What Is Beam And Block Floor Construction?
What Is Beam And Block Floor Construction?
Beam and block floor construction is a technique used to create a suspended concrete flooring system at the ground or upper floor level.
It consists of pre-stressed concrete beams, typically 130-250mm deep, which are fitted with 100mm deep building blocks placed between them.
The blocks can be made of clay or concrete, either solid or hollow (sometimes referred to as ‘pots’).
The beams provide support for the blocks and are supported at each end by internal load bearing walls or on perimeter foundations.
Beam and block floors are popular due to their quick installation time and economical cost due to off-site manufacture of the beams and blocks.
They can also be used for ground and upper floors, providing a quick and safe working platform for follow on trades in the build programme.
Additionally, insulated EPS blocks can be used in place of concrete hollow blocks for lightweight insulated slabs, keeping buildings warmer in winter and cooler in summer.
What Are The Advantages Of Beam And Block Floor?
Beam and block floor construction is a popular choice for many builders and developers due to its advantages, such as being economical, durable, and quick to install.
It also offers improved acoustic performance, higher thermal mass, and greater fire resistance.
Additionally, beam and block floors eliminate the bounce associated with timber floors.
Beam and block flooring also has some disadvantages. For example, it requires a minimum gap of 150mm between the soil and the underside of the floor, which can be difficult to achieve in certain situations.
Additionally, beam and block floors are not suitable for all types of buildings or applications.
What Are The Disadvantages Of Beam And Block Floor?
Beam and block floor construction is a popular choice for many builders and developers, as it eliminates the bounce associated with timber floors.
However, there are some disadvantages to using this type of flooring.
- Beam and block floors are not as strong as solid floors, so they can support less of a load.
- Additionally, airbricks must be installed in order to ventilate the space below the floor.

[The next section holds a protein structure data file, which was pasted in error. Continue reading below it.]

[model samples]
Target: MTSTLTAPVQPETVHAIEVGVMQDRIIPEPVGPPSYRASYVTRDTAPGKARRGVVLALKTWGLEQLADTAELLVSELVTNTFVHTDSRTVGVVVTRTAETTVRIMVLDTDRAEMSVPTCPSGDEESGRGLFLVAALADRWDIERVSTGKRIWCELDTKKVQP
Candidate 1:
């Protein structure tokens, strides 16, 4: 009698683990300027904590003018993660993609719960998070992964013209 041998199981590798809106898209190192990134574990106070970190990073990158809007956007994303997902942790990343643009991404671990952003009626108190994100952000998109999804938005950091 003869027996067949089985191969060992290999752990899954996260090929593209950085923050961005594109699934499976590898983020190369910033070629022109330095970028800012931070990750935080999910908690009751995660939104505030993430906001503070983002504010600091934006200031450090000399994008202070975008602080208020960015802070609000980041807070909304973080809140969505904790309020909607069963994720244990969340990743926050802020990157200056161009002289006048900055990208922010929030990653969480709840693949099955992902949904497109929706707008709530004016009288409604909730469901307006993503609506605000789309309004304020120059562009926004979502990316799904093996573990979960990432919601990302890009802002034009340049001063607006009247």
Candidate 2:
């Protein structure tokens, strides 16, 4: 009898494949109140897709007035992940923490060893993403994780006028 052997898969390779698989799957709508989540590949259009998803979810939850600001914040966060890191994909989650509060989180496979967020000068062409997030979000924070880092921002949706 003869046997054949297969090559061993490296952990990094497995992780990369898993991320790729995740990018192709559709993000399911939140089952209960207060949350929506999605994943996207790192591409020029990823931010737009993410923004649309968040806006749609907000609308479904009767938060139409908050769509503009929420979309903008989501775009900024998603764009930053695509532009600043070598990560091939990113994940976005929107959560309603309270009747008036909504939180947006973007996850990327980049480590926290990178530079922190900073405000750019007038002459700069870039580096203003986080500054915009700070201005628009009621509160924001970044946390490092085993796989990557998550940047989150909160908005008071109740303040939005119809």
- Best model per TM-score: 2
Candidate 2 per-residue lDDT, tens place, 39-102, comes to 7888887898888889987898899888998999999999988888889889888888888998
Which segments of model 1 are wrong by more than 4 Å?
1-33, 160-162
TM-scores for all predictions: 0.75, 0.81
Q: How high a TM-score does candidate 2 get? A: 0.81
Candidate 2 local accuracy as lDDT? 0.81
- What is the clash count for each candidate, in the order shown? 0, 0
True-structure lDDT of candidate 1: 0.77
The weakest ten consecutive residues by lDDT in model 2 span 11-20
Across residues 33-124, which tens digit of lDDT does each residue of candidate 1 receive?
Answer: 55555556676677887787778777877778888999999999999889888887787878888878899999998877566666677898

- Furthermore, beam and block floors can be more expensive than solid floors due to the off-site manufacture of beams and blocks.
- Finally, beam and block floors can be difficult to create a monolithic finish due to the use of lightweight blocks.
When Would You Use A Block And Beam Floor?
Beam and block flooring is a type of suspended concrete floor construction that is used to create in-situ floors in concrete or masonry buildings.
It consists of pre-cast, pre-stressed concrete beams that are supported at each end by internal load bearing walls or perimeter foundations, with clay or concrete blocks (solid or hollow) placed between the beams.
Beam and block flooring is popular due to its fast assembly, economical cost, and ability to provide a usable working platform.
It also has good noise reduction and fire resisting properties, and can be used to host underfloor heating systems.
Beam and block flooring is suitable for both commercial and residential buildings, as it can easily be installed without causing major disruptions to the surrounding environment.
It is often used when self-building a house due to its speed of installation and minimal need for ground preparation.
The strength of beam and block flooring is built into it, making it durable and able to carry higher loads than traditional floor slabs.
This allows for more freedom of layout upstairs as partition walls can be made from blockwork.
How Deep Is A Block And Beam Floor?
The depth of a beam and block floor varies depending on the manufacturer and the type of beam used. Beams are typically 130-250mm deep and can be made to span up to 6m.
The beam profile will depend on the span, the shape of the block, and the load it is supporting.
Longley Concrete’s beam and block flooring system uses 175mm deep prestressed concrete beams with 100mm deep building blocks laid between them.
Stressline Limited provides load span tables that provide specifiers with a guide to their products and the limitations and use of the beams within the beam and block flooring system.